Image-guided radiation therapy (IGRT): Aetna still requires practices to bill CPT code 77387 Image-guided radiation therapy, which is a carrier priced code. In the fall of 2017, PRC wrote Aetna to accept the image guidance codes recognized in the MPFS, including CPT codes 77014, G6001, G6002 and G6017. Aetna has stated that, though it is permissible per CPT to bill these codes, they feel it is more appropriate to bill 77387-26. However, Aetna acknowledges the reimbursement impact and recommends that practices contact them regarding a rate review. ASTRO’s PRC issued steps practices may take to perform a rate review, if appropriate. PRC continues to urge Aetna to update their intensity-modulated therapy radiation (IMRT) policy to align with the ASTRO model policy and to recognize 77014, G6001, G6002 and G6017.  
Prior Authorization: In May, Radiation Oncology Benefit Manager eviCore released updated 2018 Radiation Therapy Clinical Guidelines. EviCore, utilized by many private payers to perform prior authorization and other duties, considered post-operative stereotactic radiosurgery (SRS) not medically necessary. ASTRO advocated that post-operative SRS is superior to observation alone in terms of local control, and superior to whole brain radiation therapy (WBRT) in terms of preservation of cognitive function. Based on ASTRO’s comments, eviCore modified their coverage policy on the use of for post-operative SRS brain metastases, effective August 1, 2018.
ASTRO encourage members to reach out to PRC when experiencing struggles with payers. For more information regarding ASTRO PRC efforts to address payer issues, including copies of letters and payer guidance, see the ASTRO website. Attend the 2019 Radiation Oncology Coding and Reimbursement Update during ASTRO’s Annual Meeting for more in-depth information on payer coverage issues that impact the field of radiation oncology. ASTRO is also hosting its third Coding and Coverage Seminar on December 7-8. This is another great opportunity to learn the ins and outs of radiation oncology coding and coverage. Registration is open and filling up fast!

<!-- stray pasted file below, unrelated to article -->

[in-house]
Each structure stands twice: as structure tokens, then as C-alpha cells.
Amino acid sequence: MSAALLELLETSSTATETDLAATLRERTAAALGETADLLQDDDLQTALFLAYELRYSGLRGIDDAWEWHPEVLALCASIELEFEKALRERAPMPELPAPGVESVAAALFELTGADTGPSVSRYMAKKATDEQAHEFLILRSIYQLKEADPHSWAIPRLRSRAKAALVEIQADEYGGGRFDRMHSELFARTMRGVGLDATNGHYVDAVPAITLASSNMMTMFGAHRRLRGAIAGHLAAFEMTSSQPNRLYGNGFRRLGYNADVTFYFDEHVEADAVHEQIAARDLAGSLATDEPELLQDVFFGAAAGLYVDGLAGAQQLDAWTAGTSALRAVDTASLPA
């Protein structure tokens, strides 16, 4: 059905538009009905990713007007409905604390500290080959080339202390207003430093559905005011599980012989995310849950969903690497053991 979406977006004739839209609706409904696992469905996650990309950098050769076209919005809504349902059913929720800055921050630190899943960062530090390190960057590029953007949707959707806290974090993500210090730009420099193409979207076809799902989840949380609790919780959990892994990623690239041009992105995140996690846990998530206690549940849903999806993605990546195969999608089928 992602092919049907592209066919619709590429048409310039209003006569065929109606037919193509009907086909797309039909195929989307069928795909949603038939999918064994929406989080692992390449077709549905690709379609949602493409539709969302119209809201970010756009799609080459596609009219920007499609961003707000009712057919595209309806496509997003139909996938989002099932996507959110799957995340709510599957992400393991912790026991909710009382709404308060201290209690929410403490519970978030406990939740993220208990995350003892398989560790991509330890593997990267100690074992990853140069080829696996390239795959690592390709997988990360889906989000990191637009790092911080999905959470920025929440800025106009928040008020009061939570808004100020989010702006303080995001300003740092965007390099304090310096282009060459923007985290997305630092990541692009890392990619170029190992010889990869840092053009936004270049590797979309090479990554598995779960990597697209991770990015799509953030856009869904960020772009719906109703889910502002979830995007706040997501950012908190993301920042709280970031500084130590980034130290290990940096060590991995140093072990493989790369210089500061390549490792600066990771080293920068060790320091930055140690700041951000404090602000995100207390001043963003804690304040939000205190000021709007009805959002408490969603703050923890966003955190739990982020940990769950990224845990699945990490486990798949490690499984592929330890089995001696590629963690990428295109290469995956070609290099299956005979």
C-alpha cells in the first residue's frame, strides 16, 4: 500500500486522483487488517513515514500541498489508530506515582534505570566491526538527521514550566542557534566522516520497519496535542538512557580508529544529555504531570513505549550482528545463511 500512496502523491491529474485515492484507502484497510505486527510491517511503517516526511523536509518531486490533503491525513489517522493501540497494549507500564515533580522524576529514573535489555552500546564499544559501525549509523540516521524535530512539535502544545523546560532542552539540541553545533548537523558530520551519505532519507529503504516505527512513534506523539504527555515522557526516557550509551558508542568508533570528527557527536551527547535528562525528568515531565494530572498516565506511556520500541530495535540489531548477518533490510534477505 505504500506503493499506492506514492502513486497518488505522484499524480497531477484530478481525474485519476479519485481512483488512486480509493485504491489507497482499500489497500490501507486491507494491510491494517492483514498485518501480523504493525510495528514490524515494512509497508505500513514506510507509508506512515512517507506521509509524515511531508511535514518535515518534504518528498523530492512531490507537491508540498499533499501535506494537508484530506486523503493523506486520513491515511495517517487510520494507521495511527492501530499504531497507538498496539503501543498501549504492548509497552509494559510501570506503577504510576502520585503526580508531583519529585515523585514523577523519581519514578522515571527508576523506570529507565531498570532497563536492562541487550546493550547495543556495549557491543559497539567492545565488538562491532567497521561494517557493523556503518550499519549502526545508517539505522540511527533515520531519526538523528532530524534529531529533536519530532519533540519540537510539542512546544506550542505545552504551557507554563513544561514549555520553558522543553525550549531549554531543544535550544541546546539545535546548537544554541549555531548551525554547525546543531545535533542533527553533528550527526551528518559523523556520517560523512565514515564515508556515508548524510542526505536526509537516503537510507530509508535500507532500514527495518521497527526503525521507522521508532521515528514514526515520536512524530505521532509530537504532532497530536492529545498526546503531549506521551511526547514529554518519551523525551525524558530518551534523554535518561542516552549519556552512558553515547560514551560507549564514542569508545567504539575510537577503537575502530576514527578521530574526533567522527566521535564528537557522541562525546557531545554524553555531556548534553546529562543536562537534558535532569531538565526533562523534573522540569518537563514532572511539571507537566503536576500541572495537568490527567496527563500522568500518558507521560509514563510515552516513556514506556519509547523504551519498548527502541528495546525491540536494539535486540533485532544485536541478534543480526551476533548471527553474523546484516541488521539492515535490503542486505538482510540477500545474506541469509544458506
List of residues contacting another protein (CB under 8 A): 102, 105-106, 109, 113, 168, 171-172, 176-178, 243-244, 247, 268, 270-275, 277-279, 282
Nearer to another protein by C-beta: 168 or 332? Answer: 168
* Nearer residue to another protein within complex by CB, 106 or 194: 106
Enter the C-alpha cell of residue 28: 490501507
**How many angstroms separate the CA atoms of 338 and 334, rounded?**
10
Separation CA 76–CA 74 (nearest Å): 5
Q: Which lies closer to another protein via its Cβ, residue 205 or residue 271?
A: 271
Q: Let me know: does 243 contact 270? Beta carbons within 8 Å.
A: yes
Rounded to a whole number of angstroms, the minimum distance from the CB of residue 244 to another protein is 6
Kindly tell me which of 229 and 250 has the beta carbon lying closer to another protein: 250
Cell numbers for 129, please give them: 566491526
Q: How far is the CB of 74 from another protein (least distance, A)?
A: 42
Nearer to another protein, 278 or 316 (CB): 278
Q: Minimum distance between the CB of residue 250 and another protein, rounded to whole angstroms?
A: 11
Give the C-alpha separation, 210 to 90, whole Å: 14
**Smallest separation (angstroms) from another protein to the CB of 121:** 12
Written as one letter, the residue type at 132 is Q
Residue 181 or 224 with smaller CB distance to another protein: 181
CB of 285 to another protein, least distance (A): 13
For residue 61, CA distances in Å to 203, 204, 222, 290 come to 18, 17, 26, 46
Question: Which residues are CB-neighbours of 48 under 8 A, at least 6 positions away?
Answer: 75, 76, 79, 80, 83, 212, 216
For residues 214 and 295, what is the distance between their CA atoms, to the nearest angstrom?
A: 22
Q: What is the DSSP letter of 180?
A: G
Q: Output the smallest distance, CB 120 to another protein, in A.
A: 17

Posted: September 11, 2018 | 0 comments

ASTRO’s palliative thoracic guideline update recommends the use of concurrent chemotherapy for some patients

By Ehsan Balagamwala, MD, and Benjamin J. Moeller, MD, PhD

In 2011, ASTRO published a guideline on palliative thoracic radiation therapy (RT) which covered dose and fractionation for external beam radiation therapy (EBRT) and the roles of endobronchial brachytherapy (EBB) and chemotherapy given concurrently with EBRT. Pertinent to the update discussed below, the original guideline task force concluded that there was no role for concurrent chemotherapy with palliative EBRT for lung cancer. This recommendation was based on a single randomized control trial (RCT) by Ball et al., which showed improved overall response rates with concurrent chemotherapy. However, it also reported increased esophageal toxicity, as well as no improvement in overall survival, progression-free survival or symptom palliation.